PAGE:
Evaluation of Postmenopausal Vaginal Bleeding
Postmenopausal bleeding (PMB) is defined as any staining, spotting, or bleeding that occurs more than 12 months after a woman’s last menstrual period. PMB most commonly results from vaginal or endometrial atrophy. Polyps, fibroids, and endometrial intra-epithelial neoplasia (EIN) must also be considered. of postmenopausal women with vaginal bleeding will be diagnosed with endometrial cancer, so evaluation is imperative.
Initial evaluation of PMB should include transvaginal ultrasound (TVUS) or office endometrial biopsy, most commonly collected with a disposable device. Initial evaluation should include one test or the other, but not both.
If TVUS reveals a homogenous and thin endometrial echo of ≤ 4mm, the woman can be reassured that there is < 1% risk that the cause of the bleeding is endometrial cancer and endometrial sampling is not required. If the endometrium cannot be adequately visualized, the measurement is > 4 mm, or bleeding/concerns are ongoing, sampling is indicated.
Office endometrial biopsy detects 83-98% of endometrial cancers. Its ability to detect cancer is improved in the setting of global endometrial pathology, and less effective in the setting of focal endometrial disease. If an adequate sample is obtained and no EIN or malignancy is identified, no further testing should be performed. Although office sampling is a valuable office tool, sampling failure may occur in as many as 50% of postmenopausal patients. The most frequent causes of failure are the inability to access the endometrial cavity and recovery of insufficient tissue for evaluation. Endocervical tissue alone does not indicate adequate endometrial sampling. Further evaluation is necessary if the endometrium cannot be adequately sampled. In this setting, TVUS for measurement of endometrial thickness is appropriate, and a normal study would complete the evaluation.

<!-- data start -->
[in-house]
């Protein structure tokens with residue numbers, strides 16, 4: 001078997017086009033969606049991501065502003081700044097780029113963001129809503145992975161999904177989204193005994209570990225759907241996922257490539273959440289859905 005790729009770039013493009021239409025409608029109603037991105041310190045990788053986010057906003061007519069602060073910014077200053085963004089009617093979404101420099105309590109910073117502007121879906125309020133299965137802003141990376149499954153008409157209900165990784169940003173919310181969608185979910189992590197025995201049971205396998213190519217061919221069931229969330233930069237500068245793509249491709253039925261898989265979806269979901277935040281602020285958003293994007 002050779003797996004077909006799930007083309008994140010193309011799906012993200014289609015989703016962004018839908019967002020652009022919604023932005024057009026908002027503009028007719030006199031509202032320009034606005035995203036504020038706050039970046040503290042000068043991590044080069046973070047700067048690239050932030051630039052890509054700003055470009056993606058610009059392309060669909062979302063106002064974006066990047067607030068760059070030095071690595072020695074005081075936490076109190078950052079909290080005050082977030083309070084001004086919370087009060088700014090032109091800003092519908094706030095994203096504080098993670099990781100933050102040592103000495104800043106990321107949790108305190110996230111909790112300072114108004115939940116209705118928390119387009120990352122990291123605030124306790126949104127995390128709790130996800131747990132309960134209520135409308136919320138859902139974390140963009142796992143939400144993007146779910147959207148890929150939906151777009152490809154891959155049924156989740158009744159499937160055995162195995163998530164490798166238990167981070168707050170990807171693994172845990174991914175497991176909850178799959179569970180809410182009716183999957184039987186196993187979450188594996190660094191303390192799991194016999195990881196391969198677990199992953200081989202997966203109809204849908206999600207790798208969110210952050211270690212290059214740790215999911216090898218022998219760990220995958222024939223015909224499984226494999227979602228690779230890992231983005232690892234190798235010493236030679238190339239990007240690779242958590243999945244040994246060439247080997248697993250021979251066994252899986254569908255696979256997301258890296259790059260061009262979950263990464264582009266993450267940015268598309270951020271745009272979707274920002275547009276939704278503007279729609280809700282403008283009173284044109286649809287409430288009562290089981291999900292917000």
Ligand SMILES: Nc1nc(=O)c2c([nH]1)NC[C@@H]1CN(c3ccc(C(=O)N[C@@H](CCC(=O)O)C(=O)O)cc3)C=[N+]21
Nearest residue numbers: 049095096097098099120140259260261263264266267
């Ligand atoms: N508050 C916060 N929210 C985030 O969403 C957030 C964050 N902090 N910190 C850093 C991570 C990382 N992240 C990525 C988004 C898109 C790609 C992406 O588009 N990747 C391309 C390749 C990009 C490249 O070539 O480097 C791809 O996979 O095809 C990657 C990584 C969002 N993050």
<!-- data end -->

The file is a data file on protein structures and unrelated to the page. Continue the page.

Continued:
If bleeding persists after a normal TVUS study or endometrial sampling, further study is warranted, as there is a significant risk of occult disease.
In cases where further evaluation for PMBis indicated, it may include sonohysterography, hysteroscopy, or additional tissue sampling by formal curettage. Sonohysterography or hysteroscopy may be useful to identify focal intracavitary disease, which may allow targeted sampling of the lesion. Sonohysterography or hysteroscopy should be considered if PMB persists, even if endometrial measurements by TVUS were ≤ 4 mm or endometrial biopsy was sufficient and did not demonstrate abnormal pathology.
American College of Obstetricians & Gynecologists; ACOG Committee Opinion No. 734: The Role of Transvaginal Ultrasonography in Evaluating the Endometrium of Women With Postmenopausal Bleeding. Obstet Gynecol. 2018 May;131(5):e124-e129. doi: 10.1097/AOG.0000000000002631.
American College of Obstetricians & Gynecologists; Practice Bulletin No. 149: Endometrial cancer. Obstet Gynecol. 2015 Apr;125(4):1006-26. doi: 10.1097/01.AOG.0000462977.61229.de.
Dijkhuizen FP1, Mol BW, Brölmann HA, Heintz AP. The accuracy of endometrial sampling in the diagnosis of patients with endometrial carcinoma and hyperplasia: a meta-analysis. Cancer. 2000 Oct 15;89(8):1765-72.
Initial Approval: August 2014; Reaffirmed May 2016, Reaffirmed May 2017; Revised March 2019. Revised November 2019
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